Cruise Shipping

In an attempt to prepare for the eight million passengers per year projected by the turn of the century, cruise ship owners have been placing orders at a steady pace at the outset of 1993.

With rosy market potential estimates like the Cruise Line International Association (CLIA) (New York) recently released, it is no wonder owners are signing today for ships tomorrow.

Based on the association's best estimate, which takes into account factors such as total population by age, probability of that population taking a cruise, and cruise prices, CLIA estimates that there is more than $50 billion in revenues to be made in the cruise market.

Another positive indicator is the ten-year trend of capacity increases and the projected continuance of this through 1997.

According to CLIA, in order to keep capacity in line with North American (including Canada and the U.S.) demand, average capacity rose at a rate of 8.2 percent from 1981 to 1992.

Based on current information, the association projects a 4.4 percent capacity increase through the year 1997.

While all of the facts, figures and projections are subjective to uncontrollable forces such as the world economy, probably the best bottomline indicator of the cruise ship market are recent orders and deliveries. And the beginning of the year to date has seen the signing of some landmark deals.

For example, Carnival Cruise Lines Inc. (CCL) of Miami signed a contract with Italian builder Fincantieri Cantieri Navali Italiani SPA for the construction of the largest passenger cruise ship ever, a 95,000-gt vessel with 1,300 cabins, for delivery in late 1996.

Additionally, Royal Caribbean Cruise Line (RCCL) signed contracts with Chantiers de l'Atlantique of France, for the construction of up to three ships with a potential value of approximately $1 billion.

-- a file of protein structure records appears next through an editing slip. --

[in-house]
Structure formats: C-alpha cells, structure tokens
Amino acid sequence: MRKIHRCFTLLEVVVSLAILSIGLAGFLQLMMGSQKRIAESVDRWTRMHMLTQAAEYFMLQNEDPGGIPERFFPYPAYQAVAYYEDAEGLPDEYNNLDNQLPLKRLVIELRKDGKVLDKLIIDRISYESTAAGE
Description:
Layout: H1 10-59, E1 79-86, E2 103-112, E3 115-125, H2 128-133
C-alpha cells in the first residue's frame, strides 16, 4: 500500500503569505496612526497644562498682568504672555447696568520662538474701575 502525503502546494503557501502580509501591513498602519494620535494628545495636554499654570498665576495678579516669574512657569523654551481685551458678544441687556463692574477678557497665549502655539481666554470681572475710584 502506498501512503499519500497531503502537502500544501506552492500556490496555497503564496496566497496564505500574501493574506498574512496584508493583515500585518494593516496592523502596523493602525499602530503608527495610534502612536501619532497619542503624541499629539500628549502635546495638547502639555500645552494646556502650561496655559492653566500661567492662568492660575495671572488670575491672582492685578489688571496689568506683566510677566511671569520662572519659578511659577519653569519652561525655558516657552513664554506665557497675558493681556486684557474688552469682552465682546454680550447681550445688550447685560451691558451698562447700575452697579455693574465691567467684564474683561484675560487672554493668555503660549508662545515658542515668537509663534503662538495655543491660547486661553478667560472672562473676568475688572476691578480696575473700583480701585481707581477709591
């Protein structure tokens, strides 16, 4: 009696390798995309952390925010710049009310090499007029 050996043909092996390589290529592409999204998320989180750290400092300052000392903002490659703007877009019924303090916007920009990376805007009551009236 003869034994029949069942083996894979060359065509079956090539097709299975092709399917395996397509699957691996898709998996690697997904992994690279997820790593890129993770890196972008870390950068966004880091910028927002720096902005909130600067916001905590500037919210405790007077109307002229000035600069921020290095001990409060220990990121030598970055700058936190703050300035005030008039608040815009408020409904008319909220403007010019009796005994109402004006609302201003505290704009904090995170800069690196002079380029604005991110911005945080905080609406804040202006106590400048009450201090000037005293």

Each vessel is scheduled to be 65,000-gt with the capacity to carry 1,800 passengers double occupancy. The first ship is scheduled for delivery in April 1995, and the second and third, should the options be exercised, will be delivered in 1996 and 1997 respectively.

Chantiers has delivered four cruise ships to RCCL since 1987. Finnish builder Kvaerner Masa- Yards got into the act also, and was recently tapped by Japan's NYK Line to build the 50,000-gt Crystal Symphony, scheduled for delivery in the spring of 1995.

The vessel is planned to be nearly 778 feet long with a capacity for 960 passengers, and will be built at the company's Turku New Shipyard.

Rounding out the more recent action was an order placed by Celebr i ty Cruise Lines Inc. with Germany's Meyerwerft for the construction of a 1,740-passenger, $317.5-million vessel. In addition, CCLI has options for two sisterships at approximately the same price. All vessels will be for the Celebrity fleet, which serves the premium segment of the cruise market. The first ship is scheduled for delivery in late 1995.

Two award winning Celebrity ships, Horizon and Zenith, were built by Meyerwerft in 1990 and 1992 respectively.

Perhaps a portion of the reasoning for the relative steady nature of cruise ship orders is the consumer's demand for more diversity. Over the past 10 years, according to the CLIA survey, the industry has responded to extensive market and consumer research, research with has guided the addition of new destination, new ship design concepts, new onboard/onshore activities, new themes and new cruise lengths. And as illustrated by the chart to the right, there is a steady stream of vessels either contracted or planned for construction in the coming years. The Caribbean continues to be the number one destination for capacity placement, as this market (which is comprised of Caribbean, Bahamas, and Western Caribbean) accounts for a 50.4 percent share of capacity placement.

Other leading markets include: Western Mexico (9.6 percent); The Mediterranean (9 percent); Alaska (6.7 percent); Trans Cana Cruises (4.9 percent); Europe (4.1 percent); Bermuda (2.8 percent) and Hawaii (1.8 percent).

A final good omen from the North American cruise industry comes from a recent study by Price Waterhouse, which was underwritten by the International Council of Cruise Lines (ICCL).

The study revealed that the cruise industry plans to add 134,712 full time jobs to the U.S. economy in the next four years, this on top of the 450,166 U.S. jobs it currently provides.

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